Home > Events > Measuring Success in a Digital World: What you can and cannot measure, and why you should be okay with both

Measuring Success in a Digital World: What you can and cannot measure, and why you should be okay with both

May 3, 2018 - 11:30am to 1:30pm

11:30am - Noon: Registration, networking
Noon-1:30pm - Lunch and  program

Find yourself asking, “What does digital success look like?” You're not alone.

More and more corporate, government and non-profit organizations today bank on digital media—and often only digital—to get the word out about their people, causes or appeals. Too often, these organizations throw money or disparate tactics against that goal, leaving digital PR communicators like us to answer, “What is our ROI?”

It is difficult to divine the ROI of digital media campaigns unless you can measure the impact of what you are doing online—or more importantly—what you need to be doing.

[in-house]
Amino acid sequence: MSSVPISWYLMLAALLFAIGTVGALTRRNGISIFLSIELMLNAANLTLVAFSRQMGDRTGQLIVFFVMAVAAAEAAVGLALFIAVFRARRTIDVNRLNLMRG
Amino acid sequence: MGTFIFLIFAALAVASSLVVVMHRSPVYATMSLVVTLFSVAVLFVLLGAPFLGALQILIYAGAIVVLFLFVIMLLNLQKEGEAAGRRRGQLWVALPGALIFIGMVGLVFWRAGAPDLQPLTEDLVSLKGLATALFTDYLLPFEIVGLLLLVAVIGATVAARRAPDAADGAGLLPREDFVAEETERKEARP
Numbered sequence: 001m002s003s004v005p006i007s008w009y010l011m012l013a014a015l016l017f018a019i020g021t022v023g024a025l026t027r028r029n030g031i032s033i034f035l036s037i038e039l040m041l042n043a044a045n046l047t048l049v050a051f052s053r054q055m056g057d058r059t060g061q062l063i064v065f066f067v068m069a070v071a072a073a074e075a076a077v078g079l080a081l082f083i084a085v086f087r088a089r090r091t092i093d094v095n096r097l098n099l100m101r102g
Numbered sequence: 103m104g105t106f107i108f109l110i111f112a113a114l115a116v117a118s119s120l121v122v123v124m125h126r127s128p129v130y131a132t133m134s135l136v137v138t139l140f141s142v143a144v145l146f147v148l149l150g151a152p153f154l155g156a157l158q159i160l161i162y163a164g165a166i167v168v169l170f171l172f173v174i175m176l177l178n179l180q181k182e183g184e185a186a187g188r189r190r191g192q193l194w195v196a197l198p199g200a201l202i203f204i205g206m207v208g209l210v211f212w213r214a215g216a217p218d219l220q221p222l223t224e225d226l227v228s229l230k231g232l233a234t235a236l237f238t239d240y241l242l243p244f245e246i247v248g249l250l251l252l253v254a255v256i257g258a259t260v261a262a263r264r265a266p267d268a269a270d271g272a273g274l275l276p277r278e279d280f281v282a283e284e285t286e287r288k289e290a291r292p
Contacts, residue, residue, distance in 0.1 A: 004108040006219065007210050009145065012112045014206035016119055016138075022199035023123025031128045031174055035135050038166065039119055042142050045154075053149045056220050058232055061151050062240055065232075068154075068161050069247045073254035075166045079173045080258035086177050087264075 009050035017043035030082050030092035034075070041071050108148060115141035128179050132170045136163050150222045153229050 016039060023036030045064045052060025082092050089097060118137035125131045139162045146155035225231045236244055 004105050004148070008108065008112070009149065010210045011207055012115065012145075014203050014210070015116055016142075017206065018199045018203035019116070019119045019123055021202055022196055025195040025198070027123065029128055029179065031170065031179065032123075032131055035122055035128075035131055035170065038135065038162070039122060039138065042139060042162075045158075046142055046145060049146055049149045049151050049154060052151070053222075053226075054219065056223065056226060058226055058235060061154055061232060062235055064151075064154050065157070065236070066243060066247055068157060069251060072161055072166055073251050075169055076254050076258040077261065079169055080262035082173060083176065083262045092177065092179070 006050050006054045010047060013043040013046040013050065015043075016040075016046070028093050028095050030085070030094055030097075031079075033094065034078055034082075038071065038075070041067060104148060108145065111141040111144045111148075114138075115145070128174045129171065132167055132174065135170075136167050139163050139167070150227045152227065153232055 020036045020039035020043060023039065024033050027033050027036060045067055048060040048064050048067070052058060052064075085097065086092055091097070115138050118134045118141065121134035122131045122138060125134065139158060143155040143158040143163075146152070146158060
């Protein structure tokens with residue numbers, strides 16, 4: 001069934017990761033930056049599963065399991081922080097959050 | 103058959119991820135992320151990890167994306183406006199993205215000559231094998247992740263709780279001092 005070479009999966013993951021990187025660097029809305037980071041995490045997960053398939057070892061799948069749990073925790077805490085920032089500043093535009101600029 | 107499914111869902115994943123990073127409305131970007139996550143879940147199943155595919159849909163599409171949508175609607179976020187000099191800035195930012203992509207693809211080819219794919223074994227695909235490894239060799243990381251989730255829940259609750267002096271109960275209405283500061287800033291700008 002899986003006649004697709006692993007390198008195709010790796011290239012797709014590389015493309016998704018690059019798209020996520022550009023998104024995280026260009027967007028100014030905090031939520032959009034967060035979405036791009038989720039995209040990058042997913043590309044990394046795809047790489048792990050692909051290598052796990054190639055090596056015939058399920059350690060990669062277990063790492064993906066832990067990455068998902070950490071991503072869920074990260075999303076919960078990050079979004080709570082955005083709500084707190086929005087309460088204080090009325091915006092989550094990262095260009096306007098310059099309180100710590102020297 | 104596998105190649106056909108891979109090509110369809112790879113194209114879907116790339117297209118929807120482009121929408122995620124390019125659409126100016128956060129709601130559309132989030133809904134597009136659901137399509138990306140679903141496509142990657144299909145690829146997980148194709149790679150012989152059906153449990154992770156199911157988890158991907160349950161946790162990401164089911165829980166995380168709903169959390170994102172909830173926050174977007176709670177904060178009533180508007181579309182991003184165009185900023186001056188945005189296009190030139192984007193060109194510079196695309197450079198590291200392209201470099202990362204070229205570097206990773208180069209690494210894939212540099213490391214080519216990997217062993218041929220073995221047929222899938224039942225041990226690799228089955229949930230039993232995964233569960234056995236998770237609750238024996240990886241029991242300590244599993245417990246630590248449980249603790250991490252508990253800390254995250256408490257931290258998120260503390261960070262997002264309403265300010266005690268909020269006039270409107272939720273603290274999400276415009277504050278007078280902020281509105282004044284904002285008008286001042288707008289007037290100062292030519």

This session offers several takeaways, including:

  • What success looks like: sometimes picture perfect, sometimes fuzzy
  • How to build a culture of measurement within your organization
  • How to make boring numbers sing: helping to interpret the analytical measurement of your social media program

Cost:
PRSA & IPRA Members - $35
Non-Members - $45

$10 additional at the door, space permitting

Online registration closes at noon on Tuesday, May 1

Location:
BRIO Tuscan Grille
7854L Tysons Corner Center
McLean, VA 22102

Guest Speaker:

Mark Story is a strategic communications professional with more than 25 years of experience in issues management, public relations, crisis communications and brand management.

Mark is currently Director of Strategic Communications at American University. Previously, he directed online brand management for Alibaba Group leading up to the largest IPO in history, managed public affairs for the Securities and Exchange Commission during the 2008-09 financial crisis and advised hundreds of corporate clients while working for public relations and public affairs agencies.

For more than 10 years, he has also taught graduate school communications courses at Georgetown University and Johns Hopkins University, focusing on the effective use of digital media. Mark holds a master’s degree in marketing management from the University of Maryland.